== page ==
language aside, even thse khodmooni/achom, etc. .by the way never heard of hauaili hawaili, holi, what ever, we have always had arabs in iran, but only along the coast of the Persian Gulf.

ie, even to this day inhabitants of some small ports are almost 100% sonni arab.

so arabs are sea men, persians are farmers and traders.

I am an achom/larestani/khodmooni/ajam/..aBritish citizen originally .from a very small village in larestan, I am shia (but the next village 10km away 100% sonni) we speak the same language, have same absolutely every thing from going hunting to dasmal bazi with saz nagharah.

if anyone is saying i am an arab i must be the first person who knows the name of his jadd (az arab would say) when they were zeroasrtrian.

we are learning new things every day from those who are and have been trying for years to arabise the persian Gulf fully.
you in arab countries WHO EVEN DO NOT ALLOW PERSIAN NAMES ...

shame on you who are that type of arab that says to the real persian living (migrated) in their country
either denounce your persian roots or else,,,,

I have never been to an area controlled by arabs, nor have any of my fore fathers.

Listen you citizens of arab countris of the Persian Gulf, both ajam and arab or achom or khodmooni (still never heard of hawli) don not get us involved mate.

Well done those good looking Persians that agree with me.


think about this, my wife is English by language and race.
I have 4 sons, eldest 21 the youngest 5. what are they?

they must be Anglo-Persian.

If you inter-marry, names are important.

my sons have persian names and surnames. i hope for ever son after father and so on...keep the name that one day came from persia proper (fars and some parts of khoozestan all of Hormozgan parts of khoozestan).

this I say without being against any race or people.

Why arabs and jews be proude of what they are and we cannot?

we say....yay ha to such things.

peace with PRIDE

there is no doubt at all that all of the so called khodmoonis are 100% Persian, whether they are sonni or shia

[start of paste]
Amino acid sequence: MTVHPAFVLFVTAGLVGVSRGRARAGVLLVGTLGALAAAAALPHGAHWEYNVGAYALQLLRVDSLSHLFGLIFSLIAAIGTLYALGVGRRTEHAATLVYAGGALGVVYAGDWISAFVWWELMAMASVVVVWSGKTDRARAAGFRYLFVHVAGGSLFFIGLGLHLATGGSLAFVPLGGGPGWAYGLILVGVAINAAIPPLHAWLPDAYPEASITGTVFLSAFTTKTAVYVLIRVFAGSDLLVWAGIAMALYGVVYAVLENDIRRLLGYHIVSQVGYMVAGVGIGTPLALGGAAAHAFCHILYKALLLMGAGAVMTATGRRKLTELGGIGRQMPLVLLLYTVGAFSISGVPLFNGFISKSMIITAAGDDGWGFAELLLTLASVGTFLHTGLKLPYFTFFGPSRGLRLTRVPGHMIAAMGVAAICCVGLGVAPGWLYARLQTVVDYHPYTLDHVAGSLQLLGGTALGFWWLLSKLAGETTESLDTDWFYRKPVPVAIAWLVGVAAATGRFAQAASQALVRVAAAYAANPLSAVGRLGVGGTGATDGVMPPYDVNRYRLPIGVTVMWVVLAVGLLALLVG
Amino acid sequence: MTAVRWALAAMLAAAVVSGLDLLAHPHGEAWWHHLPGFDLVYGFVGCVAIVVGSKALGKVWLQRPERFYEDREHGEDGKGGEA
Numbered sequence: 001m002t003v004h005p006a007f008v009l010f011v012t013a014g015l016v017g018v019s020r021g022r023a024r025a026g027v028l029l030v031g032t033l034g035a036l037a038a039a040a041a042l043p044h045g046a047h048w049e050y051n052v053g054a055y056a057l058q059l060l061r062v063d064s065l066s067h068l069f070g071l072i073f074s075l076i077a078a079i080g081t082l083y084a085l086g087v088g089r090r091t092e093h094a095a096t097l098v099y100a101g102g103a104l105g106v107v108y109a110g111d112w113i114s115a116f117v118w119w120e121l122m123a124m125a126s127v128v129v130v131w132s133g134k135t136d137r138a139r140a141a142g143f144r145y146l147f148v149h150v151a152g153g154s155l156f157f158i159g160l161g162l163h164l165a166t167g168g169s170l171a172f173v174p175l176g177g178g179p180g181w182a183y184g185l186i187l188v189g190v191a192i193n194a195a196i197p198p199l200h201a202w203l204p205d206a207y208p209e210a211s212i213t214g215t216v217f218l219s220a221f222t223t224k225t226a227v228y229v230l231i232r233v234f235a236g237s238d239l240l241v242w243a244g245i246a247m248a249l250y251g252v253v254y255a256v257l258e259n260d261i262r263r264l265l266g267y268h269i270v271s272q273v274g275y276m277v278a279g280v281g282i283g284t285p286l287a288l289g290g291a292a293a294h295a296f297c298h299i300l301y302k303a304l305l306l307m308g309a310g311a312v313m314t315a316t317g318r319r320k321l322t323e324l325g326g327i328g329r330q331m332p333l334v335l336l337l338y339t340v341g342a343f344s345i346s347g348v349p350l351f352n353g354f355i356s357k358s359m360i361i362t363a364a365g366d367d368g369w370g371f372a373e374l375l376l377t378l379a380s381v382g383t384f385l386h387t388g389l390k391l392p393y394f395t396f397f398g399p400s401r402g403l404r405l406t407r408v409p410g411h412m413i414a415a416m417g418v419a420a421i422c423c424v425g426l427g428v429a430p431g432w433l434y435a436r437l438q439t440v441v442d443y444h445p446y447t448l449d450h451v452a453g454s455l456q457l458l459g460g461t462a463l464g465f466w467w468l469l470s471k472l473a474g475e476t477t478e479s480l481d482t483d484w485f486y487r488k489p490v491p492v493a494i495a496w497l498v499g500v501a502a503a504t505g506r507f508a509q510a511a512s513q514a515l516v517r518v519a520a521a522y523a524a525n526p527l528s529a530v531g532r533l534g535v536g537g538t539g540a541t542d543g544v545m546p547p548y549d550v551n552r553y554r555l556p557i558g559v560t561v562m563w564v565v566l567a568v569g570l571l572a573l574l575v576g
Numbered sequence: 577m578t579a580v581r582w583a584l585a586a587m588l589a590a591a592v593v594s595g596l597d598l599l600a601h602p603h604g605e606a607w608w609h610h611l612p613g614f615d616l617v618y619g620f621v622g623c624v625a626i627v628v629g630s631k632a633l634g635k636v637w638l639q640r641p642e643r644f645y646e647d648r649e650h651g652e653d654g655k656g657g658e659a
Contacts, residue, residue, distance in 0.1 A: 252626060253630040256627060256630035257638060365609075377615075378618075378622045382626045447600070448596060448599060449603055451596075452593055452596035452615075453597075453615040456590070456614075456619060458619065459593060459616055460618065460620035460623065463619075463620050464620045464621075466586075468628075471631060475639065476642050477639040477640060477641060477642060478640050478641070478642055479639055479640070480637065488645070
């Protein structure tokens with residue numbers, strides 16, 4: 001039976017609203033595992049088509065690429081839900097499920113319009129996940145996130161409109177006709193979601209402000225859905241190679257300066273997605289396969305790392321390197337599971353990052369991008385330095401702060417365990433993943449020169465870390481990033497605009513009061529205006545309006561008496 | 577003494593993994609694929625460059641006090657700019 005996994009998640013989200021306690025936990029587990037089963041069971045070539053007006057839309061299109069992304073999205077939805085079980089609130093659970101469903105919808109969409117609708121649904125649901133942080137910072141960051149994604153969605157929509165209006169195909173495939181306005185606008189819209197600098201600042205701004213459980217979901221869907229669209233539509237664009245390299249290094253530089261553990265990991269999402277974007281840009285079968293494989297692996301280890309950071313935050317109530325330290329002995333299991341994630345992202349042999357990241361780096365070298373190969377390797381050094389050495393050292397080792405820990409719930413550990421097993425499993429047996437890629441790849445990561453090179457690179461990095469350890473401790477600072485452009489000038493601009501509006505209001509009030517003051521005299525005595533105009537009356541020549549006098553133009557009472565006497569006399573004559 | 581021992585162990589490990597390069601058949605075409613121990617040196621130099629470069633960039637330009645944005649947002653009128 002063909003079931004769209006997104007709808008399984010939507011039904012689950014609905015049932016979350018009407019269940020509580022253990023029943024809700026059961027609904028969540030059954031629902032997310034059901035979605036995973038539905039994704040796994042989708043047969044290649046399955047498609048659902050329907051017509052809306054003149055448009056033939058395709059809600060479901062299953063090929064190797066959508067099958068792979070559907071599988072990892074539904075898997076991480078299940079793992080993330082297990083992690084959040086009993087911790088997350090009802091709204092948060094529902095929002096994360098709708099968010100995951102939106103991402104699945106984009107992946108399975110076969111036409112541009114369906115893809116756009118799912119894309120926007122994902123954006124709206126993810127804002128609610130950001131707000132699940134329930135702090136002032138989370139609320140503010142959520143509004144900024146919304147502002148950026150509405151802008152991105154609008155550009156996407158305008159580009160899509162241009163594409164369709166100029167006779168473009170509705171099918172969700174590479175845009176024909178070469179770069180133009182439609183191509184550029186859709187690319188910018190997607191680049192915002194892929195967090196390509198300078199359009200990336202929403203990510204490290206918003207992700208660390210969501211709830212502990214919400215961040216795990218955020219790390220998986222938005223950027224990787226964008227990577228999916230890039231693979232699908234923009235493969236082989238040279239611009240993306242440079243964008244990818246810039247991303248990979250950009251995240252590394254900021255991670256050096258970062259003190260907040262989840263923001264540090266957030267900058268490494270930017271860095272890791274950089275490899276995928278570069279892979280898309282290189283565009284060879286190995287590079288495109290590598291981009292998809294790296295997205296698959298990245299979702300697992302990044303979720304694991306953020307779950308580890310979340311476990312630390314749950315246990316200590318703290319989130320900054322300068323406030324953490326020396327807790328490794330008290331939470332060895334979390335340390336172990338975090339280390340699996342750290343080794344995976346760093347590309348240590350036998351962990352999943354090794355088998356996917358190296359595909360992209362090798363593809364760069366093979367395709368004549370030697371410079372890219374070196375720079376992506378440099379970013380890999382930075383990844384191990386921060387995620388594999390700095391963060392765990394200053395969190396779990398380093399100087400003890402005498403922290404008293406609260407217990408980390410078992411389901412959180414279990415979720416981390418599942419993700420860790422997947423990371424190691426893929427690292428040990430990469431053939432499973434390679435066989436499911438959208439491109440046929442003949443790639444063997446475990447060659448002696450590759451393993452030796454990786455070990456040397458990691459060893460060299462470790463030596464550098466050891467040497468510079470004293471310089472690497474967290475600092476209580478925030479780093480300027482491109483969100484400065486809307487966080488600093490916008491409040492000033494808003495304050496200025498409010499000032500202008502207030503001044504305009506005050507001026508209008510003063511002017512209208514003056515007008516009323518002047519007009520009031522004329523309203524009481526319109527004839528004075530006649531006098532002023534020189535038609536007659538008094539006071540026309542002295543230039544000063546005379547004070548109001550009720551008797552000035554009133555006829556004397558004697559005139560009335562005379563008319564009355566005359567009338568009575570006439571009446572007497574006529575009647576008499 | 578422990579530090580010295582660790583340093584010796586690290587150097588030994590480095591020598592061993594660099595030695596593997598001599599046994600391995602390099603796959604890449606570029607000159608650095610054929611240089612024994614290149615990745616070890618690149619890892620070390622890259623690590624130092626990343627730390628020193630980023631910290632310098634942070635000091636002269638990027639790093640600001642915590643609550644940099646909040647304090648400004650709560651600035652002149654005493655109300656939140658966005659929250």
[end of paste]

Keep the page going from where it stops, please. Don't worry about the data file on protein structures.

Anonymous said...

Huwala are arabs... No doubt
I read almost all the articles regarding the subject,
some were realistic ...others were just pure fiction.
the word hawala is originally PRONOUNCED 7awala which means - as explained in the history book of the 7TH grade / 1976 ( government of Bahrain ) - those who have migrated from the Arabian Peninsula to the Southern coast of Persia. DOCUMENTED

K . M . Janahi

Anonymous said...

Howeila are Arabs, I agree with Mr Janahi, there is no doubt whasoever. The fact remains that they are Iranian Arabs...thus their looks.

However, Ajams are all Persians/Iranians.

Khodmoonies from Greater Larestan be it Shia/Sonni ..or none moslem, are 100%

It is silly refer to one family or Ghasemis or aleabbs of bastak, as proof that some are or were Arabs.

I am a Larestani myself, although have nothing against the Arab masses,....I absolutely despise the attempt of Arabisation of none Arabs,...agrree on that with Cyrus.

S. Taheri=Berizi

Anonymous said...

I haven't a clue whether Huweila are Arabs or not because I do not know who they are farnkly.

Now if any body is suggesting that Gerashis, Laris, Bastakis, people from Khonj and Janah, are Arabs, they not only need their brains examining they also must be operated on asap, to prevent further damage.
Larestanis from both Hormozgan and Fars are more Persians than any people in Persia propper.

You do not need documentation to prpove this assertion.

Khoda rahm kone,

Anonymous said...

Totally irreliable passage mistakenly called 'an article'. So subejective and personal. And at the international level, Persian race is viewed as more sofisticated than Arab race, so there is no need for them to 'claim' to be Arab.

Anonymous said...

Hi again
To answer a point made bye ham velayati from Karmostaj.
Nearly all the tomb stones in iran were written in Arabic...
I remind you that before Reza shah we had no surnames in Iran. So it was a normal practice to hack names on the tomb stones in that manner.
My great grand father's tomb stone reads,..Nasrollah ebne marhoom Hosain Ali....
Hosain Ali's Great Grand father was called Shapata..a can he be an Arab?

Rozy said...

Well this is interesting, many do certainly investigate into it deeper to find their orgin out of interest as im sure all r loyal to the country they live in now including me! ..

Anyway Arab or Persian, well this is my share of story of what i heard which made sense a bit bt yet confusing:

Orginally huwela were from the "shebah jazera el3arabi" as before the whole gulf was divided into two Saudi amd Bahrain and then when the British Empire divided this even furthur into smaller n smaller parts .. Some arabs chooce to migrate to the borders of Iran.. Like Fares

And it this in there Fares where they lived and bec of the long time many did married iranian people hence this explain the looks ( as hwela do look different then arabs )

But the question arise about what about the language? The Holy language has words from arab,iran,indian n many.. a mixture.. but yet the language is nor arabic or irani so confusing ha! so orginally where r we from arab jazera el3arabi or iran or somewhere else I'm confused .. this is the closest i can get to!

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SimplyKhaleeji said...

My comment may not seem relevant to this conversation as it centers around Bahrain, and I come from the UAE. But here it goes.